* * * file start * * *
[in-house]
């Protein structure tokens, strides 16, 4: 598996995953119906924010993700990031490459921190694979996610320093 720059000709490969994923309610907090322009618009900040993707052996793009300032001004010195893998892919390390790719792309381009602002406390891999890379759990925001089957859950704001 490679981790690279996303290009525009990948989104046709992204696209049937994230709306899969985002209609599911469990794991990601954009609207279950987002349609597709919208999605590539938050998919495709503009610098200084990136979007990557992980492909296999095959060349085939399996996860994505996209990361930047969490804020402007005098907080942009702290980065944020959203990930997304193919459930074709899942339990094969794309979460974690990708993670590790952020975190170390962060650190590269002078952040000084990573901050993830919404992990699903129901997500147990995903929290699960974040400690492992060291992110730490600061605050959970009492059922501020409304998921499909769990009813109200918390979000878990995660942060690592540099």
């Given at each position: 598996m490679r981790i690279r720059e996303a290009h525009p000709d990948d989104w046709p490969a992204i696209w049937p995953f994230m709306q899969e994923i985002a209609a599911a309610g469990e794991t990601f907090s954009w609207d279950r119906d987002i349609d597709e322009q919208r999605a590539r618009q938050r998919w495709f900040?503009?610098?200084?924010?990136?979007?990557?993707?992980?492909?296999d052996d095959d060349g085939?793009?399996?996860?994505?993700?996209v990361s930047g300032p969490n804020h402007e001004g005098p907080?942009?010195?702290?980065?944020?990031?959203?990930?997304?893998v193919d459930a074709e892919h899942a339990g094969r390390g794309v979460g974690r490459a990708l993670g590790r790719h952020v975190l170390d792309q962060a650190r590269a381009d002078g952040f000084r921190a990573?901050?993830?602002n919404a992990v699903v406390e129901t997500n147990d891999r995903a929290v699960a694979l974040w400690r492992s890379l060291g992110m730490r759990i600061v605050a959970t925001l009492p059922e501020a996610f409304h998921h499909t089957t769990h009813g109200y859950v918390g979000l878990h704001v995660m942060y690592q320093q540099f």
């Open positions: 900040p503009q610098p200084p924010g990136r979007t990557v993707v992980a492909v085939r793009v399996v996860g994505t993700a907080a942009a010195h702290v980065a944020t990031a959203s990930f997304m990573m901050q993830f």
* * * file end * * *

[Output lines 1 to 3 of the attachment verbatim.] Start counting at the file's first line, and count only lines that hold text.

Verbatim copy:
[in-house]
């Protein structure tokens, strides 16, 4: 598996995953119906924010993700990031490459921190694979996610320093 720059000709490969994923309610907090322009618009900040993707052996793009300032001004010195893998892919390390790719792309381009602002406390891999890379759990925001089957859950704001 490679981790690279996303290009525009990948989104046709992204696209049937994230709306899969985002209609599911469990794991990601954009609207279950987002349609597709919208999605590539938050998919495709503009610098200084990136979007990557992980492909296999095959060349085939399996996860994505996209990361930047969490804020402007005098907080942009702290980065944020959203990930997304193919459930074709899942339990094969794309979460974690990708993670590790952020975190170390962060650190590269002078952040000084990573901050993830919404992990699903129901997500147990995903929290699960974040400690492992060291992110730490600061605050959970009492059922501020409304998921499909769990009813109200918390979000878990995660942060690592540099």
């Given at each position: 598996m490679r981790i690279r720059e996303a290009h525009p000709d990948d989104w046709p490969a992204i696209w049937p995953f994230m709306q899969e994923i985002a209609a599911a309610g469990e794991t990601f907090s954009w609207d279950r119906d987002i349609d597709e322009q919208r999605a590539r618009q938050r998919w495709f900040?503009?610098?200084?924010?990136?979007?990557?993707?992980?492909?296999d052996d095959d060349g085939?793009?399996?996860?994505?993700?996209v990361s930047g300032p969490n804020h402007e001004g005098p907080?942009?010195?702290?980065?944020?990031?959203?990930?997304?893998v193919d459930a074709e892919h899942a339990g094969r390390g794309v979460g974690r490459a990708l993670g590790r790719h952020v975190l170390d792309q962060a650190r590269a381009d002078g952040f000084r921190a990573?901050?993830?602002n919404a992990v699903v406390e129901t997500n147990d891999r995903a929290v699960a694979l974040w400690r492992s890379l060291g992110m730490r759990i600061v605050a959970t925001l009492p059922e501020a996610f409304h998921h499909t089957t769990h009813g109200y859950v918390g979000l878990h704001v995660m942060y690592q320093q540099f």